Buckeye Local High School Principal Coy Sudvary has been keeping some pretty high flying company recently: members of the U.S. Army's Golden Knights elite parachute team.
Sudvary recently enjoyed a rarely offered opportunity to join these airborne soldiers on a tandem parachute jump.
The trip itself centered on the resources of Fort Knox and the nearby Brooks Air Field.
Buckeye Local High School Principal Coy Sudvary skydives with U.S. Army Airborne Ranger and member of The Golden Knights Parachute Tandem Team, Staff Sgt. Arron Figel. Sudvary was one of a handful of civilians from across the country selected for the jump opportunity.
The opportunity to make the jump was shared with him as a message of appreciation from a recruiting officer who was ending his term of service in this area and had been looking for a way to let the school's leadership know how much it means to him to be welcomed into the school community on his various visits.
It's fair to say no one associated with Buckeye Local High School these days will soon forget the unusual gift of appreciation, or the impact it had on Sudvary, a man who graduated from the local high school himself, and who has always had a deep sense of personal respect for all it can mean to someone to serve in their country's military, as did his late grandfather.
Sudvary was one of a handful of civilians from across the country selected for the jump opportunity because the military sees their respective role in a community as being a key part of something they describe as a "center of influence."
Not only would it be an experience of a lifetime for the local high school principal, but it was also going to provide him what would be his first trip of any kind in an airplane.
"Once they found out I had never flown before, they really played it up," recalled Sudvary with a huge smile. "I guess that was why I was the last one put on the plane and the first one who got to jump."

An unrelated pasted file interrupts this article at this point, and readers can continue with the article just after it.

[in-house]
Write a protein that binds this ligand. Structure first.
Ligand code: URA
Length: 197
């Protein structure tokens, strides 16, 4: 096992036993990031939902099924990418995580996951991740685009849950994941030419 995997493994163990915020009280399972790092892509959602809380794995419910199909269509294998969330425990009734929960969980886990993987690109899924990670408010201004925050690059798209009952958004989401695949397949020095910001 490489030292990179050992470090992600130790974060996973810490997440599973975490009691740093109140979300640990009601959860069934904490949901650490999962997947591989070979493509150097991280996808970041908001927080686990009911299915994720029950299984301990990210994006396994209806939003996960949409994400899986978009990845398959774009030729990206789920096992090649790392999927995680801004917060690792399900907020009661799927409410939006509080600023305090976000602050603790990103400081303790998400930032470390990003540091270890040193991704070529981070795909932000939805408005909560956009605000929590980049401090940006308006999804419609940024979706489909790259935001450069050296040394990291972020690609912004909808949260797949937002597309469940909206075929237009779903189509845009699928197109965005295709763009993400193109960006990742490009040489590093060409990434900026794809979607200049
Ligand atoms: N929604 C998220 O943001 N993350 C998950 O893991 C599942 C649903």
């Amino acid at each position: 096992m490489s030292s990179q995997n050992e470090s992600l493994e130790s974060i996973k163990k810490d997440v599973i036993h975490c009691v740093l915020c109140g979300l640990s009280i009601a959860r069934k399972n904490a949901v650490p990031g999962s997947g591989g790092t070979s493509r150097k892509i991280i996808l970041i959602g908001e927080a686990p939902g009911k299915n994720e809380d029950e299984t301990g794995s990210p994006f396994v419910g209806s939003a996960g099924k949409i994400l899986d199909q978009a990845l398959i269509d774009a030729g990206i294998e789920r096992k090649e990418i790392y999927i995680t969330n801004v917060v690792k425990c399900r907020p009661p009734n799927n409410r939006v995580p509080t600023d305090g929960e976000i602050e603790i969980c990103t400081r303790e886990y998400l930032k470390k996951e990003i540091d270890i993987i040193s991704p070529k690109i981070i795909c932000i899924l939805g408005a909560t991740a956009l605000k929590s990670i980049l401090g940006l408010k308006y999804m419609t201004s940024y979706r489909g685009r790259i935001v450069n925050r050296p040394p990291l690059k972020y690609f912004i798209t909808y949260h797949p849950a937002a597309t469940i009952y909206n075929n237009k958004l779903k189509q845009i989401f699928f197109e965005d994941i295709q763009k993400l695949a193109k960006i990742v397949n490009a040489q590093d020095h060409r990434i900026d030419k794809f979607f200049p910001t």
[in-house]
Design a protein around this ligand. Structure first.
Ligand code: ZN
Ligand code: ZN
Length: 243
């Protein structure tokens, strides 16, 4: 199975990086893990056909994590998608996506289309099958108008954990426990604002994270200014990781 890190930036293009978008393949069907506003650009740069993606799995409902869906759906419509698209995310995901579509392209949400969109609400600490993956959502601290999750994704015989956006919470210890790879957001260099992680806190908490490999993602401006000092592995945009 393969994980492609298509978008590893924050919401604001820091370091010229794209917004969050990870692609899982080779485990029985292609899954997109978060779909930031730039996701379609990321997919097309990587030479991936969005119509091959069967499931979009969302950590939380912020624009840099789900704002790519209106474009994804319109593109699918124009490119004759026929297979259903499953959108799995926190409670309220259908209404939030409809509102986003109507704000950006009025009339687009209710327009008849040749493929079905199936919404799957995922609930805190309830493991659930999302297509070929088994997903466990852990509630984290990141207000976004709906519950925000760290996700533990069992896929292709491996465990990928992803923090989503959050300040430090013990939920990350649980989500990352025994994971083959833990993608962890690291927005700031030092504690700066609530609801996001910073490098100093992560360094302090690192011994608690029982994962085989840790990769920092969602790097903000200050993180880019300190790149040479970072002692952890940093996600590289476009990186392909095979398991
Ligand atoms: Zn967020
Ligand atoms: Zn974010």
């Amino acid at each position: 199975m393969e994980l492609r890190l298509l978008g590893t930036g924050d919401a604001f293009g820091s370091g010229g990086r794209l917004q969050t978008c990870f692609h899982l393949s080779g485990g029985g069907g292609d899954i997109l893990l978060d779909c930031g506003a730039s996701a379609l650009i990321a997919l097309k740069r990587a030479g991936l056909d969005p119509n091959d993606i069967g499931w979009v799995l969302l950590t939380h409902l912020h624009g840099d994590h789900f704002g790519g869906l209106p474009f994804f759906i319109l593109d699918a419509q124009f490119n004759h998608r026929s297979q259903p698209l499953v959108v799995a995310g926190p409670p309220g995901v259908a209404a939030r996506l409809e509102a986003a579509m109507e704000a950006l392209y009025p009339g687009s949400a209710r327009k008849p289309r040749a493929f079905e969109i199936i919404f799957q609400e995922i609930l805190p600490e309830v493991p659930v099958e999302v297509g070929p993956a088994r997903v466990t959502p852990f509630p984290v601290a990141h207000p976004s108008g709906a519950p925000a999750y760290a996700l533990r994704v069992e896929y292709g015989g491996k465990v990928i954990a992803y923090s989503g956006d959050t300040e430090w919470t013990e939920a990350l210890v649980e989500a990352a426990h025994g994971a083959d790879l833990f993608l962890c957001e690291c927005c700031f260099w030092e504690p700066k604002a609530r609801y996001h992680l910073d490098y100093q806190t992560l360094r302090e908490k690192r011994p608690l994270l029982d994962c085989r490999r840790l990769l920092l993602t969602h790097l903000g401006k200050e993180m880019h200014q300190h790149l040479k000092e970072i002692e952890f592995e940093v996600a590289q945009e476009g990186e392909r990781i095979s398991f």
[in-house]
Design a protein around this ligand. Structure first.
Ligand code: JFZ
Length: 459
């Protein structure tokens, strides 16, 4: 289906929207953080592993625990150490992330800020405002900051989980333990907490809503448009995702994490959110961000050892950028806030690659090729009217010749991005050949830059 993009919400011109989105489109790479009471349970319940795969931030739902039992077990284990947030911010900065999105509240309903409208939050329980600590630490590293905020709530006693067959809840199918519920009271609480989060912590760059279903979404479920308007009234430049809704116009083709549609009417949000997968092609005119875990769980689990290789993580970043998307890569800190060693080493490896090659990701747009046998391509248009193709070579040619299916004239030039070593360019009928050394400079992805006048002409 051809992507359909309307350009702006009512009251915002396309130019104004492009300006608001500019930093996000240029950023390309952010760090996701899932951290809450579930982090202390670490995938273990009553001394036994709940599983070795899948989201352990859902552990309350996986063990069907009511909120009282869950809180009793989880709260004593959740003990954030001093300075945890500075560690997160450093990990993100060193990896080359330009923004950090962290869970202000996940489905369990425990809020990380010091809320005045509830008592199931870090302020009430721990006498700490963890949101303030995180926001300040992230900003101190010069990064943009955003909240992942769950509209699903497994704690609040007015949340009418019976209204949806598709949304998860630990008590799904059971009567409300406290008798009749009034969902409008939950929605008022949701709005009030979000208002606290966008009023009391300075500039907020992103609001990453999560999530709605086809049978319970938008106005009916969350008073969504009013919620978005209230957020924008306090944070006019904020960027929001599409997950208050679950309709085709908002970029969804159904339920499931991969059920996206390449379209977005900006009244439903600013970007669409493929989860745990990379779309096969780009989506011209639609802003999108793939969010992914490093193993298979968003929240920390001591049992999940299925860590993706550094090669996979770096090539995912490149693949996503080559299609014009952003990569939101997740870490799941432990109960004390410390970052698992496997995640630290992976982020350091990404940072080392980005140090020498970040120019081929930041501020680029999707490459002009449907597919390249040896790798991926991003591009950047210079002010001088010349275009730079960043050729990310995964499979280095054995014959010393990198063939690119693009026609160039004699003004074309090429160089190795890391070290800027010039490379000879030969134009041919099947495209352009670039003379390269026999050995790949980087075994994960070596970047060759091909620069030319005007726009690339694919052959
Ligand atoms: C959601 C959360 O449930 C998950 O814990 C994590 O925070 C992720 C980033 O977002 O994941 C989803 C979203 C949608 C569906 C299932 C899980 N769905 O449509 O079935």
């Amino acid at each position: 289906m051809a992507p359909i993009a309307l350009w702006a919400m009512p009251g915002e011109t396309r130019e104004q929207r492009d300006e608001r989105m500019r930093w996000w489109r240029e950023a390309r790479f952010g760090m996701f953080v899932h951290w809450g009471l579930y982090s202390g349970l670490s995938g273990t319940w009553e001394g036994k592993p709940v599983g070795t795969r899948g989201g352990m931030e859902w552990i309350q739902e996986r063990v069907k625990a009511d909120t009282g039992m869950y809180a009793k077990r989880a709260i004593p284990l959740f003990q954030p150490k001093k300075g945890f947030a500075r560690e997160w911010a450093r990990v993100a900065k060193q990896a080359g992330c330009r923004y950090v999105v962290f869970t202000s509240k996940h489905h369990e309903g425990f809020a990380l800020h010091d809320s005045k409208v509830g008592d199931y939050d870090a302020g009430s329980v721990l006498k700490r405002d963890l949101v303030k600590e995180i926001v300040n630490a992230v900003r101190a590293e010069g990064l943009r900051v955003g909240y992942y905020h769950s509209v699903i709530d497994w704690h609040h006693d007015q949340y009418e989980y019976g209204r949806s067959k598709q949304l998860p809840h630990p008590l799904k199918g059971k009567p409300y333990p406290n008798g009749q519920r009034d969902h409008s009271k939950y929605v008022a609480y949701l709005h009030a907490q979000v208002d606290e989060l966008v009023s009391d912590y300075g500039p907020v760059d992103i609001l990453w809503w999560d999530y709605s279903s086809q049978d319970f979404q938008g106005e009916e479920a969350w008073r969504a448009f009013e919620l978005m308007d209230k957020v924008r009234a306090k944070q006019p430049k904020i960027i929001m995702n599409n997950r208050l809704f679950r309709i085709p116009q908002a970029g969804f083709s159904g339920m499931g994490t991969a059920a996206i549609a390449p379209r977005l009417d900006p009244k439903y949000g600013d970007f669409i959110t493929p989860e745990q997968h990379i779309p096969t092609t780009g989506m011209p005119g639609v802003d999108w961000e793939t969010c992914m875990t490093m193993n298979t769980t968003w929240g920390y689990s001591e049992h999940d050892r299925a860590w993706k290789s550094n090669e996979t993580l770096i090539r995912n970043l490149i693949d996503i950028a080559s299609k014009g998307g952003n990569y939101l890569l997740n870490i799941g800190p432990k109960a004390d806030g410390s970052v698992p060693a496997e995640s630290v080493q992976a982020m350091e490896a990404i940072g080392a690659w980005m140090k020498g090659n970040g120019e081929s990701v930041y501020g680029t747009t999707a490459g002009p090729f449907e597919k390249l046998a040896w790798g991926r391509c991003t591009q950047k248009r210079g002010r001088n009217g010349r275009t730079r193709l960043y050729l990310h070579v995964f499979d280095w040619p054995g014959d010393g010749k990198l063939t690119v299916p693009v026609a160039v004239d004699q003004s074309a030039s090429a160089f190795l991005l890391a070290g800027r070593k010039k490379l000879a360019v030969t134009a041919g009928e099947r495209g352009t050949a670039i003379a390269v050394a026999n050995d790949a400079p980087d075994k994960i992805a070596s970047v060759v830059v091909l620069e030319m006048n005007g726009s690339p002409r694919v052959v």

But there was nothing taken lightly when it came to making sure all participants would enjoy a positive and safe jumping experience.
The Golden Knights team member Sudvary would be jumping with later in the morning was the man asked to conduct the informational session that morning - U.S. Army Airborne Ranger and member of The Golden Knights Parachute Tandem Team, Staff Sgt. Arron Figel, a man with more than 3,500 jumps logged himself.
The experience is not one where a civilian is going to be comfortably snapping photos on the way down to earth while traveling toward terra firma at a speed - initially - of 190 mph.
"Pretty quickly, they deploy one of the chutes to begin slowing you down," he offered. "Your adrenaline is pumping like crazy. It was so much fun!"
To capture the experience for each of the guests jumping that day, a member of the Golden Knights worked as videographer as they traveled toward the ground.
"He jumped after we did, but he got in front of us and was turned around with the camera toward us as we all were falling," offered Sudvary, clearly impressed with the clear attention to every detail the Golden Knights and the Army officials put into the entire experience for the civilians.
"Our videographer was Golden Knights demo team member U.S. Army Airborne Infantryman Staff Sgt. Reese Pendleton. He has at least 2,500 jumps logged," he said.
The details were so well planned out that each of the civilians was presented a commemorative event package, including a completely personalized DVD, documenting the entire experience.
Sudvary plans to share it with Buckeye Local High School students at some point during the start of the year.
But it was at a dinner held for the guests that Sudvary really got his eyes opened concerning who the men and women of today's military are, and what type of students might well find a positive and rewarding career in military service.
He underscores message that today's soldiers represent "the best of the best." They are developed from among those who come to the opportunity of military service with a strong high school career behind them and are well prepared for career testing, such as the Army's entrance exam, which assists in selection of a career pathway, explained Sudvary. "The way it was put to us was that in recent years, the whole face of the Army has changed. They are looking for students coming out of high school who might not have thought of the military as a possible career, or a way to access financial resources to help pay for college. The opportunities available are incredible, challenging and rewarding."
One of the aspects of the experience Sudvary noted was evident from beginning to end was the genuine degree of mutual respect each of the individuals he came into contact with had for the others involved in the project, even though many were complete strangers to each other.
"The level of respect for each other and what they are doing was impressive," noted the local high school principal, reflecting on the fact that recent graduating classes have included students who have already made successful careers for themselves within the military service - particularly the U.s. Army.
Loccisano can be reached at email@example.com